It's not easy for Donald Trump. He is someone who has made a big deal out of not liking losers. So to be a loser, especially on a stage as big as this one, has got to be difficult for Trump.

What I would point out, Jim, is, while we're not hearing all that much out of the White House, they've been very quiet, outside of the barrage of tweets that the president put out around the time that the networks called the election and the statement that he put out that promised he was going to dig in his heels.

Things have gotten very quiet in the Trump orbit. The president's Twitter feed has calmed down. Even his closest associates, the members of his campaign, even his children, have really stopped talking about the results of this election. That doesn't tell us anything other than they stopped talking.

But perhaps it's an indication that things are starting to thaw, that the president is starting to recognize exactly what's happening here and that he'll take the next step to concede the election.

Now there is a number of things at play right now. The Trump campaign has already filed lawsuits in a number of these battleground states. They've already requested or at least have said that they intend to request recounts in the states where the margin is close enough to make a difference.

So there is stuff still in play here that could prevent him from taking that step, of formally conceding. Part of the thinking by some in the White House is the president is

looking for some sort of an exit strategy so that he can save face, say that he is willing to accept the results of this election but only because of X, Y, Z. So this could take time.

There aren't many people who think the president is going to wake up Sunday morning and decide he's willing to be gracious, call Joe Biden and put an end to all of this. As you rightly pointed out an hour ago, a concession here is not necessary.

But it is something that has been a tradition in the United States. It makes the transition of power much easier if you have a willing participant that will exit the White House without much of a fight. We have about 75 days or so for the president to make up his mind before Joe Biden is inaugurated, so we're going to have to see how this plays out.

SCIUTTO: In the meantime, listen to those state election officials, right?

Both parties or no party, they're the ones who counted the votes, by state law. They're the ones to listen to here. CNN's Ryan Nobles at the White House, thanks very much.

HARLOW: In his victory speech, U.S. President-Elect Joe Biden called for unity. That was his overriding message, unity in America.

How do you accomplish that with such a divided nation?

We'll talk to political insiders right after this.






BIDEN: The people of this nation have spoken. They've delivered us a clear victory, a convincing victory, a victory for we, the people. We've won with the most votes ever cast in a presidential ticket in the history of the nation.


HARLOW: Welcome back to CNN's live coverage of America's choice 2020 and this presidential election. U.S. President-Elect Joe Biden during his victory speech Saturday night in Delaware. His biggest theme was unity, unifying a deeply divided America.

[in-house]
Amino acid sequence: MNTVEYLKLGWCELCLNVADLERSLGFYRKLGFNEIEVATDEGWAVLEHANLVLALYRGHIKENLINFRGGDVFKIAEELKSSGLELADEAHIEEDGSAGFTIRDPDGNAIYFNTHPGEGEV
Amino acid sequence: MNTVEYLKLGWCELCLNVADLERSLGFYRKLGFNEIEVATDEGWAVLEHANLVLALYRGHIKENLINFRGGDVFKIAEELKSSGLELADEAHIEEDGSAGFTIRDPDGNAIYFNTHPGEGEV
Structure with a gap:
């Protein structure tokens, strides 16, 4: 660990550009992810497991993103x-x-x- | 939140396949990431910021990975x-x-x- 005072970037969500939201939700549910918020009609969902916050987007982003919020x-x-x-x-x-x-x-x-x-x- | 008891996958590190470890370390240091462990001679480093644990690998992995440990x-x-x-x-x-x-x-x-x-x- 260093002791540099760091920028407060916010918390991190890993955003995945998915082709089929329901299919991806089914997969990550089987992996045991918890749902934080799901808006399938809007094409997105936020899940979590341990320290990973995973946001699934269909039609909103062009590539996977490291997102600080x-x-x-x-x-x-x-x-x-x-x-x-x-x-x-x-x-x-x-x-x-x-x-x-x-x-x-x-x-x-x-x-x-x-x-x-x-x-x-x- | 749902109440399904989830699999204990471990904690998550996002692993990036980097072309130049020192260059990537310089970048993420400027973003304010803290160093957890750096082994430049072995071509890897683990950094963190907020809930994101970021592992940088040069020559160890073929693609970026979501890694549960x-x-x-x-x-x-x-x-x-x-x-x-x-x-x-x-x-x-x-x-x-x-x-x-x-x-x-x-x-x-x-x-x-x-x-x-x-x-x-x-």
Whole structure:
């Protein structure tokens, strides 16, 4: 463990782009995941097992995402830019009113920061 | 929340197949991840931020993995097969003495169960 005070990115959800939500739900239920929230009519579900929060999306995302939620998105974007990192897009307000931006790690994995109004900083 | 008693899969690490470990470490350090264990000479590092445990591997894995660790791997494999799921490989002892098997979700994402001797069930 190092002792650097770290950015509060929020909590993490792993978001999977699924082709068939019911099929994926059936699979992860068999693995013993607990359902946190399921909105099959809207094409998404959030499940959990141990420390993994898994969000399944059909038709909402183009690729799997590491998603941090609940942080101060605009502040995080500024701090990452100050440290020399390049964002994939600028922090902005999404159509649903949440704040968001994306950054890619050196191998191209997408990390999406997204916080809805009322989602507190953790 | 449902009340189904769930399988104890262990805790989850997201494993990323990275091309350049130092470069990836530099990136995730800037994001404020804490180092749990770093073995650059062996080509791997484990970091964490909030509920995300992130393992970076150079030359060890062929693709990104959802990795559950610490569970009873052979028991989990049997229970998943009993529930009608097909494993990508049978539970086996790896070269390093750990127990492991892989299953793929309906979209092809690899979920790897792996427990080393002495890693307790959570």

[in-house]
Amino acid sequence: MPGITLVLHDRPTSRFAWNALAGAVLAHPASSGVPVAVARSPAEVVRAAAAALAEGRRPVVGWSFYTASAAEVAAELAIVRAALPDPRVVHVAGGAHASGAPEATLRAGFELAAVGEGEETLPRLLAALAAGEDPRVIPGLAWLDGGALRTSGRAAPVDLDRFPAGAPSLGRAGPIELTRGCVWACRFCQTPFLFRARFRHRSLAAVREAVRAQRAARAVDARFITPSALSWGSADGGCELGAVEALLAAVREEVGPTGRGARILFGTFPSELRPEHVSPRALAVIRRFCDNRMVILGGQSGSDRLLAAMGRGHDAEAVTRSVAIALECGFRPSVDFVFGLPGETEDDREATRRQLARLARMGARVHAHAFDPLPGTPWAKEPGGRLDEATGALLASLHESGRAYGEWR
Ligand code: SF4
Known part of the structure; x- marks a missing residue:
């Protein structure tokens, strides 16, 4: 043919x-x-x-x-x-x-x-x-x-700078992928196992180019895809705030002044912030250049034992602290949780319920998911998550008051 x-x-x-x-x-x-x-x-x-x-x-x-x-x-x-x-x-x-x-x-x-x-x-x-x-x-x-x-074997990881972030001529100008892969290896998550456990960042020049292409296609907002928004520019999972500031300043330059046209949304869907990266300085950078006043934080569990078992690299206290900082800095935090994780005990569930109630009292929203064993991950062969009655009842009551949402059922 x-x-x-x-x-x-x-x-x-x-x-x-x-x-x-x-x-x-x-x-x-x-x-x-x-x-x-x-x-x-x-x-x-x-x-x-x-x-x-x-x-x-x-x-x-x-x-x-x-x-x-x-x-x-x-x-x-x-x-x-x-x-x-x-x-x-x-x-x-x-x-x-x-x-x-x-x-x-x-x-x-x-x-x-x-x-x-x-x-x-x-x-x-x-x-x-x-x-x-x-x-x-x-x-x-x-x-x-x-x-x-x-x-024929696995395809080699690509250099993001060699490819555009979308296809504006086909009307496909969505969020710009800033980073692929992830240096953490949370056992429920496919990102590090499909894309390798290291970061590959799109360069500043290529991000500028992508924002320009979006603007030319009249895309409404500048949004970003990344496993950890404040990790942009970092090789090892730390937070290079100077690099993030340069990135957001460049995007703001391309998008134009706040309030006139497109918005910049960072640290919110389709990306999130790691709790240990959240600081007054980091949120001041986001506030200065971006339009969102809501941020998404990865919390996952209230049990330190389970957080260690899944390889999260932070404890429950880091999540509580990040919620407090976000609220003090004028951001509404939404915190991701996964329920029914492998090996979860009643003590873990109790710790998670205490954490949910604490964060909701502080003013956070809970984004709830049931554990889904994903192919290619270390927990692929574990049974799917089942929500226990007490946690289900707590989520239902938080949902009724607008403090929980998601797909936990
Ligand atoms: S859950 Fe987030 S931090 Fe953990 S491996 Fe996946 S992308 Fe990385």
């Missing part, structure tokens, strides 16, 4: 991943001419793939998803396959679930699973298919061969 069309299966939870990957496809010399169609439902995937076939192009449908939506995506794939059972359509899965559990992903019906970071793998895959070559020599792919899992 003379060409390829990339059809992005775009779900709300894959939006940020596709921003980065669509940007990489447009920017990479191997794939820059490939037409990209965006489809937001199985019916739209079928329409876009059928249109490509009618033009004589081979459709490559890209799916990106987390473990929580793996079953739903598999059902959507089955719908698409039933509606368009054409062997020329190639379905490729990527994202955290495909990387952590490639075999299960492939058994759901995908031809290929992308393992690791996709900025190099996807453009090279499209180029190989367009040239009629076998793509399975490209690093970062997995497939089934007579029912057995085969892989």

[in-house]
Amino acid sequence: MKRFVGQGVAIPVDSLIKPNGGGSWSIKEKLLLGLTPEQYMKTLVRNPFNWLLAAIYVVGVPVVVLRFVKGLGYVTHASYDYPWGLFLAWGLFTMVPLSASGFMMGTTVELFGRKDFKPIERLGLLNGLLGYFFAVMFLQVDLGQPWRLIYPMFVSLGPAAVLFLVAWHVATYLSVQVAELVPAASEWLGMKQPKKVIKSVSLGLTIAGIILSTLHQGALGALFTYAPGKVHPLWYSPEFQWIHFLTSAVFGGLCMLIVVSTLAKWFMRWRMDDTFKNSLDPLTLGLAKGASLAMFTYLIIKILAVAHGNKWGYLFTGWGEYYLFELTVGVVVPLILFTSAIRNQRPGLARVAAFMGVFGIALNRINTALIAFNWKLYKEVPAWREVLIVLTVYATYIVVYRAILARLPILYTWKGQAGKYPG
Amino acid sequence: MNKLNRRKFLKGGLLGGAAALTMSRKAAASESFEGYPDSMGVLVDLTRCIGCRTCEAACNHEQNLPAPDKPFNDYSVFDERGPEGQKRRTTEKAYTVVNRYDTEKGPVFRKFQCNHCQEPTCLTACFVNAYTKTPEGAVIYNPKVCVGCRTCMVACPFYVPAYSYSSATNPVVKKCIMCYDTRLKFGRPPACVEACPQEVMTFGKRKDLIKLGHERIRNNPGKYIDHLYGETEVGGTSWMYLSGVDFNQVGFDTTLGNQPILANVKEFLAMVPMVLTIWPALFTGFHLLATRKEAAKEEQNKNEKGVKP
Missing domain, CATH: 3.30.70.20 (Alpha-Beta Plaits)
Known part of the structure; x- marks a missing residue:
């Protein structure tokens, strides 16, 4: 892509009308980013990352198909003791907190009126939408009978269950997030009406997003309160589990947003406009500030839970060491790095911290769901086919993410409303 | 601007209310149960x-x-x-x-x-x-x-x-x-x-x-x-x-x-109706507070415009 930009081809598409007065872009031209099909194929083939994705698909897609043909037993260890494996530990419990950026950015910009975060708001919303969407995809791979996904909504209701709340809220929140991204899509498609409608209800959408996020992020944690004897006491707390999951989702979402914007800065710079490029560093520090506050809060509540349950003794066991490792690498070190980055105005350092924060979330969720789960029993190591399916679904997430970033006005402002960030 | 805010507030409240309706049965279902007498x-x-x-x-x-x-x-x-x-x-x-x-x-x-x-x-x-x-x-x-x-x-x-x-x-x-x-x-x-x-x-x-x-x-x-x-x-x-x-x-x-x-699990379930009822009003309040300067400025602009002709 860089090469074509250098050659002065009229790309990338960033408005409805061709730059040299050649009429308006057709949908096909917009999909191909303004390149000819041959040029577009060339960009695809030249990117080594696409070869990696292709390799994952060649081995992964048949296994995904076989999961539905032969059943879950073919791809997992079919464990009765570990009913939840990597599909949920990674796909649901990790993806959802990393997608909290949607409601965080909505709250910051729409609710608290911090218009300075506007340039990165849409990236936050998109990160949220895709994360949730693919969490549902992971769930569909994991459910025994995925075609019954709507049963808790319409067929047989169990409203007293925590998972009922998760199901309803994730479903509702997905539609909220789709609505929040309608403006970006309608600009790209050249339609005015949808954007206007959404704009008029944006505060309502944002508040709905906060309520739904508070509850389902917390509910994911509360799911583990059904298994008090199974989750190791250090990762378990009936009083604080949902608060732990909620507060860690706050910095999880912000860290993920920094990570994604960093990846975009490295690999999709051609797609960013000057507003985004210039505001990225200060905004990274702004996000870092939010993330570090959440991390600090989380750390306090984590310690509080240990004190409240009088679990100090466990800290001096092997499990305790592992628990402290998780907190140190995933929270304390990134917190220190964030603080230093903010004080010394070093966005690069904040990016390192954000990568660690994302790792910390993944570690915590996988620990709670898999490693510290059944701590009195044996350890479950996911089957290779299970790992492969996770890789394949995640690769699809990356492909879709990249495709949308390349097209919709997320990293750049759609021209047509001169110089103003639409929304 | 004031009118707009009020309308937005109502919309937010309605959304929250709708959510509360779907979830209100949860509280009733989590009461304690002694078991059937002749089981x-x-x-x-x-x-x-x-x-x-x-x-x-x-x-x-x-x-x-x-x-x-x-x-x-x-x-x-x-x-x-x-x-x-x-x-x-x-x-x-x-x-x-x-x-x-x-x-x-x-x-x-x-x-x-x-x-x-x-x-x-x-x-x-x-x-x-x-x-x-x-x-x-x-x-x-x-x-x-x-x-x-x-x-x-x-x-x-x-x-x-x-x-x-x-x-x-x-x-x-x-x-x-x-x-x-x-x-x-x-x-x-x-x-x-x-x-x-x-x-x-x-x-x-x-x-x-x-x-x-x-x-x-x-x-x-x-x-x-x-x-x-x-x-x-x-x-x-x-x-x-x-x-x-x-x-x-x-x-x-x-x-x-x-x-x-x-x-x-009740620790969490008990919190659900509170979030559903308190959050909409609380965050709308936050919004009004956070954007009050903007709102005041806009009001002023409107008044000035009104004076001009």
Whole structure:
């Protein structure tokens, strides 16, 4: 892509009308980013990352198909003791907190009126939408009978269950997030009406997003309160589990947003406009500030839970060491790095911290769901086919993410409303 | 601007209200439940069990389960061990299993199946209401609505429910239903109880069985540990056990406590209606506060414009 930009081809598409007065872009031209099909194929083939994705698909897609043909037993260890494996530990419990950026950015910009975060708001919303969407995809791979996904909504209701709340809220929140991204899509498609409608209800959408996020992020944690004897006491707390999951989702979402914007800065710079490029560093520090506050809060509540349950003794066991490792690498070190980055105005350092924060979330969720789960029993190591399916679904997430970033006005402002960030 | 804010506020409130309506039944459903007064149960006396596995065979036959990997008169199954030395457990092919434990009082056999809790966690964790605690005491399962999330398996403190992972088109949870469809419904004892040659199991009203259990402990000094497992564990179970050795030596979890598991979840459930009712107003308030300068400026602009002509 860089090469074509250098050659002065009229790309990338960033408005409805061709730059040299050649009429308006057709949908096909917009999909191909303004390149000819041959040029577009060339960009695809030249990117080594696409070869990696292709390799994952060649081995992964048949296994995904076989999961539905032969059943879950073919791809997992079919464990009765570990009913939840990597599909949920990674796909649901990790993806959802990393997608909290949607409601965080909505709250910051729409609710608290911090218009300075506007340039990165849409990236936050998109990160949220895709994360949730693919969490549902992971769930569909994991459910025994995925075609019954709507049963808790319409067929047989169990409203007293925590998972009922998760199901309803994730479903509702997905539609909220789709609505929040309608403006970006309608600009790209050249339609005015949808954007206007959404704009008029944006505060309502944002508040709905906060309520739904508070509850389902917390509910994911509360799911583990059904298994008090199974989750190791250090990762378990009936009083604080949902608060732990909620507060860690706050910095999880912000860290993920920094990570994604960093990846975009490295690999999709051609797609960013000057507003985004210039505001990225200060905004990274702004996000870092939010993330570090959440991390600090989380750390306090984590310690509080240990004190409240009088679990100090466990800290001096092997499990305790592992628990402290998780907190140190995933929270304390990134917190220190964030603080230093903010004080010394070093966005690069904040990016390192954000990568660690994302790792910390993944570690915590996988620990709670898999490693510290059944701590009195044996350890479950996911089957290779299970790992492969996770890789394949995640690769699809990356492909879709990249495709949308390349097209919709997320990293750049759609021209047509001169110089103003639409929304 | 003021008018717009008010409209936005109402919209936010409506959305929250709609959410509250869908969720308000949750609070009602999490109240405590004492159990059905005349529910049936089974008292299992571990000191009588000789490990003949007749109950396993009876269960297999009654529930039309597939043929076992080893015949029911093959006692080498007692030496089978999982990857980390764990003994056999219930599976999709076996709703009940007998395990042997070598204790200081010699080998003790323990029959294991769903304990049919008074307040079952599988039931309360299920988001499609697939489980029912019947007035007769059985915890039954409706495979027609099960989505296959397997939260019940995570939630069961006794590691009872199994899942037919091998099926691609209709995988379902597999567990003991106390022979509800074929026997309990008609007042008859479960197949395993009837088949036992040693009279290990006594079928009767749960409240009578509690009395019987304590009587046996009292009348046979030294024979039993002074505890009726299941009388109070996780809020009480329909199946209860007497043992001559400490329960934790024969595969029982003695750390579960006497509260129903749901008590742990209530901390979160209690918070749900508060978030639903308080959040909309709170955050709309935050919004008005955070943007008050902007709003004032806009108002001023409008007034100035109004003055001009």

SCIUTTO: Listen, I think we all wanted or most of us do, can he and Kamala Harris do that?

We're joined by Democratic strategic Hilary Rosen and Republican strategist Doug Heye.

Thanks to both of you. Debt of gratitude for joining us on the early morning hours here.

Doug, if I can, I'm going to begin with you, as someone who's spent a lot of time in the RNC, in the Republican Party here.

Just with the first step in this, right, which is, can the president, who still clearly has an enormous following in this country, can and will he grant not only that he lost, right, but that this was a legitimate election so that you don't have this kind of cloud hanging over it for a large portion of the country?

DOUG HEYE, CNN POLITICAL COMMENTATOR: I think the answer is, at least for now, no because he's set up in advance, well, the mail-in votes are fraudulent. Now he's saying, well, what I said was fraudulent is fraudulent, so I didn't lose.

We know Donald Trump has never taken the blame for anything. It's never going to be his fault. So on we go.

And I think Joe Biden made not only a great speech today but also the inevitable of, this is where the votes were going. And it's a -- you know, I got a lot of criticism from my Democratic friends in 2016, when I said, even though I was very critical of Donald Trump, that he won fair and square in 2016.

Well, Joe Biden won fair and square this time, so let's move on.


HARLOW: Hilary Rosen, to you, what is the mandate now for the Biden- Harris ticket?

Because before they were on the same ticket, they were on very different sides of some key issues in terms of what they thought was best for the American people.


HARLOW: Whether it was Medicare for all, whether it was a Green New Deal. And the fact that Democrats lost some seats in the House, particularly some seats that they had flipped in 2018, does that mean that they will take, should take, have a mandate to take a more centrist lane?